'Til the love runs out, 'til the love runs out.
And we'll start a fire, and we'll shut it down,
'Til the love runs out, 'til the love runs out."

But about a couple of days ago, I felt like the love had run out. I was pretty numb for a bit, trying to figure out what was left.

Then I remembered Brene Brown and her talks on shame and vulnerability, and I found this quote on her fb page: "A sense of worthiness inspires us to be vulnerable, share openly, and persevere. Shame keeps us small, resentful, and afraid." ~ Brene Brown

And I saw things for how they were: everyone that was trying to keep things quiet - the leaders, the true believers - they were using shame to try to bully us/me into getting back in the back of the bus where I belong. But I can't get back on.



Melody said...

I was stunned. Blind-sided. All of the feelings about thinking the church was inclusive was how I felt. Before.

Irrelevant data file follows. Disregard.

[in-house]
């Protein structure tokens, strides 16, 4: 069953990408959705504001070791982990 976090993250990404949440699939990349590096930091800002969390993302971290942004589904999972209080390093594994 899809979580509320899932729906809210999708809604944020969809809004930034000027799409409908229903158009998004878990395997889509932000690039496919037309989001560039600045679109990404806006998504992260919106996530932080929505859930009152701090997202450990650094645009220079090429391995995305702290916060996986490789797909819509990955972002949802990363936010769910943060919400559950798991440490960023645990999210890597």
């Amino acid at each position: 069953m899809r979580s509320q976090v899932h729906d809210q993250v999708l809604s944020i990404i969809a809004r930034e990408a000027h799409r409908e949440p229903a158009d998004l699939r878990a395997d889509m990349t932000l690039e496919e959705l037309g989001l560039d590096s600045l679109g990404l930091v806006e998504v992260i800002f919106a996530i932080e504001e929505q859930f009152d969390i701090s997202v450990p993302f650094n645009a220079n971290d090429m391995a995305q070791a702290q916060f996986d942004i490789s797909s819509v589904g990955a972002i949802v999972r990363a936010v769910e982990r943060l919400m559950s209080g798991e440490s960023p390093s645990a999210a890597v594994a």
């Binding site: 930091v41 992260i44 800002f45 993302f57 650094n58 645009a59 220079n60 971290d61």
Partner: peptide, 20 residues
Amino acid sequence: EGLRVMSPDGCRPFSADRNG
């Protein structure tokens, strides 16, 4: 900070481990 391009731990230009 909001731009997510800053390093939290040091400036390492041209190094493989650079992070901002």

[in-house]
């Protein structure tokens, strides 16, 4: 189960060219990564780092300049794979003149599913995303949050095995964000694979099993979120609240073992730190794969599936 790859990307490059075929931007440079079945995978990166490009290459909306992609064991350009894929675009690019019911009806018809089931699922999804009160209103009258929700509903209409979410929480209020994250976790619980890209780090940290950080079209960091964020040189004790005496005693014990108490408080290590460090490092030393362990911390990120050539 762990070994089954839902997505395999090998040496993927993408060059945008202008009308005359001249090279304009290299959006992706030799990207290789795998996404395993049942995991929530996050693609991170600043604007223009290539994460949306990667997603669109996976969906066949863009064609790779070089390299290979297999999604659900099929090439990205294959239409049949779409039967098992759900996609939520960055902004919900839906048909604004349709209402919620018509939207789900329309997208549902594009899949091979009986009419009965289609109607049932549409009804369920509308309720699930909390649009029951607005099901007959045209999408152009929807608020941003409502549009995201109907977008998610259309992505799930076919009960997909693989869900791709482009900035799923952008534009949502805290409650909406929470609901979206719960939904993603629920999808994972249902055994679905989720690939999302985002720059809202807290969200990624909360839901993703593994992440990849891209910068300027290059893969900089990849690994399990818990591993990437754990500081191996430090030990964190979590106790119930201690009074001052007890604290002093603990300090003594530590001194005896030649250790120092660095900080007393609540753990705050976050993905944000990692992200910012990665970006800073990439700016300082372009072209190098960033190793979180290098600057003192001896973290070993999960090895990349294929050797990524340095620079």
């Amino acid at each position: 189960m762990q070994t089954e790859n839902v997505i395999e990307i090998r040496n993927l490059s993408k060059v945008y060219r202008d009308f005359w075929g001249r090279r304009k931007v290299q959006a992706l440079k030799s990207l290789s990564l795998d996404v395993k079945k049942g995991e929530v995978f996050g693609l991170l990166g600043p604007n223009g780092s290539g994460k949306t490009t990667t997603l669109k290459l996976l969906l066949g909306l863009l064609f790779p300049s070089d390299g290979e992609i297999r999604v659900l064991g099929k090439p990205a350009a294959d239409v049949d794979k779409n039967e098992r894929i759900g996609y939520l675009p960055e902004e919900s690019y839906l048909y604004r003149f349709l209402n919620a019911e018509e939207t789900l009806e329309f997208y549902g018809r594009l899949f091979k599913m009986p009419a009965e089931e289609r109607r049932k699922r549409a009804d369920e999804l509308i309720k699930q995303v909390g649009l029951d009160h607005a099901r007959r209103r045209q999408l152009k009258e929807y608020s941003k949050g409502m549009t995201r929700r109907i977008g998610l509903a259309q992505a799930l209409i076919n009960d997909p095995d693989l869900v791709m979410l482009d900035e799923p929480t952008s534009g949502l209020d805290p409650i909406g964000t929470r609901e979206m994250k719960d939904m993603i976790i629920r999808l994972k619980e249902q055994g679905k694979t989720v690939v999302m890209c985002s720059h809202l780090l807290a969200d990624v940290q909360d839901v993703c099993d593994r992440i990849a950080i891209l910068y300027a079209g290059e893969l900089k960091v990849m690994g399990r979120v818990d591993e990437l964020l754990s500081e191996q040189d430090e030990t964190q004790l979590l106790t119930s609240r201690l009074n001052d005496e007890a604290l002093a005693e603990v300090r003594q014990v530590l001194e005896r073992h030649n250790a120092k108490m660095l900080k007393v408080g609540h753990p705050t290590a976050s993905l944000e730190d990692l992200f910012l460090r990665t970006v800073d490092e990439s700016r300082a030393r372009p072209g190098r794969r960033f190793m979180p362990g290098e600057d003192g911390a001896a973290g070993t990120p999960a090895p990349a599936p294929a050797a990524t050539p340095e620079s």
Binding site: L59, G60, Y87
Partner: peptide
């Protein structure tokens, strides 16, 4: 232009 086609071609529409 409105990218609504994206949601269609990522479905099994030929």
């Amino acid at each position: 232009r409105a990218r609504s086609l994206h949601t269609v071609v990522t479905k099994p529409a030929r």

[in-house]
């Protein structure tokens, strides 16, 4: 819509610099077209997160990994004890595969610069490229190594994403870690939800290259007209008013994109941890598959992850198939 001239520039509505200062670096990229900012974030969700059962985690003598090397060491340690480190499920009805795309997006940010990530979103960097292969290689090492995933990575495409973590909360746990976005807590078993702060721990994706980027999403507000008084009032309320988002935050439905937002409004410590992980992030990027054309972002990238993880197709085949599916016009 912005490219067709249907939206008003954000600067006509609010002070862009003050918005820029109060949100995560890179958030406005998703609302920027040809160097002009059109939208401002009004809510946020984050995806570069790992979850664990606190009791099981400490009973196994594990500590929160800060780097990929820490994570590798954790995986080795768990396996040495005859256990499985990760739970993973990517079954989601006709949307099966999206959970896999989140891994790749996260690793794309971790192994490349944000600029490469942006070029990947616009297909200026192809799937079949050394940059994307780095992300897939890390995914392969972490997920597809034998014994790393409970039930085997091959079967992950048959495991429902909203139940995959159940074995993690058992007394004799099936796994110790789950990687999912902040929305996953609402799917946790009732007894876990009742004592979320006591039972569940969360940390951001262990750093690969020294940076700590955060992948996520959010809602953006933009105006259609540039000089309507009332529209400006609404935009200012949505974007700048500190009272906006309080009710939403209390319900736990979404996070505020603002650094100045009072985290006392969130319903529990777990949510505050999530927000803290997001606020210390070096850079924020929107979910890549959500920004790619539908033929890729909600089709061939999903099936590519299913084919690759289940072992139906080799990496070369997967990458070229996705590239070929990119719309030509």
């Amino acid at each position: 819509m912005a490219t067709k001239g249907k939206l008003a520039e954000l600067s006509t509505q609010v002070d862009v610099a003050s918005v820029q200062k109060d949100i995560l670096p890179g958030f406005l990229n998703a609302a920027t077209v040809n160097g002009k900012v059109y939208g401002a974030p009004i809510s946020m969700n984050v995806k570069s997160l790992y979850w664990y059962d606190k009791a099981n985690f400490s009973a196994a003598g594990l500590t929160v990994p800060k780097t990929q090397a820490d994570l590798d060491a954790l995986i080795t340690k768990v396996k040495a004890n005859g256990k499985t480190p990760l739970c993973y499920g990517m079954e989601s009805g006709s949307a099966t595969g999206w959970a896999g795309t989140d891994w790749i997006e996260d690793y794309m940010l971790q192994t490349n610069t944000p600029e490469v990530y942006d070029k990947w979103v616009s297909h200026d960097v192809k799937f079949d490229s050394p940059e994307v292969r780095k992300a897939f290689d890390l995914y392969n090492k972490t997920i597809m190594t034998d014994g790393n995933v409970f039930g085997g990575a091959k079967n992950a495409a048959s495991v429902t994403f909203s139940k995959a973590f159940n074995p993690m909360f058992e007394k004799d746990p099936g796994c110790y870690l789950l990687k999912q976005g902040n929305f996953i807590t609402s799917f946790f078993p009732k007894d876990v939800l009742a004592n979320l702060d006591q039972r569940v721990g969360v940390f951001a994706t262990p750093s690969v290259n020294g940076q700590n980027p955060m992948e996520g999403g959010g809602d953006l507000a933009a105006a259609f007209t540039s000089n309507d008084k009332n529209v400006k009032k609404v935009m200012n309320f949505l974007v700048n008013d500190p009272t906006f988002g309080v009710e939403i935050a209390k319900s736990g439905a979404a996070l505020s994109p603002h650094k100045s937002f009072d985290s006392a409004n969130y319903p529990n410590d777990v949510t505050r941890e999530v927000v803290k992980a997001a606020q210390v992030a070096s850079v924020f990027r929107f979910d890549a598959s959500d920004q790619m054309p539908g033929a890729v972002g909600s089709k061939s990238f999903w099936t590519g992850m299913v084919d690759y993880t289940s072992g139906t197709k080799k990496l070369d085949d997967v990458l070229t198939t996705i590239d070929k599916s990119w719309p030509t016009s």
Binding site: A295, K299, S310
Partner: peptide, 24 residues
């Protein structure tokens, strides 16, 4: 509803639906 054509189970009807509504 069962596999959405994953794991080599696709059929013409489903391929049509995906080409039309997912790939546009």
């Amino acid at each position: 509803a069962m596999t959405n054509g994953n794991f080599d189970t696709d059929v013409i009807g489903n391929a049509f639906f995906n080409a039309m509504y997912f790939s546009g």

After that, I still wanted to work things out with the church. My mind happened upon "Love Runs Out" by One Republic and it became my themesong -
"'Cause we'll work it out, yeah we'll work it out.
I'll be doin' this, if you had a doubt,
'Til the love runs out, 'til the love runs out.
I got my mind made up, man, I can't let go.
I'm killing every second 'til it saves my soul.
(Ooh) I'll be running, (Ooh) I'll be running,
'Til the love runs out, 'til the love runs out.
And we'll start a fire, and we'll shut it down,
'Til the love runs out, 'til the love runs out."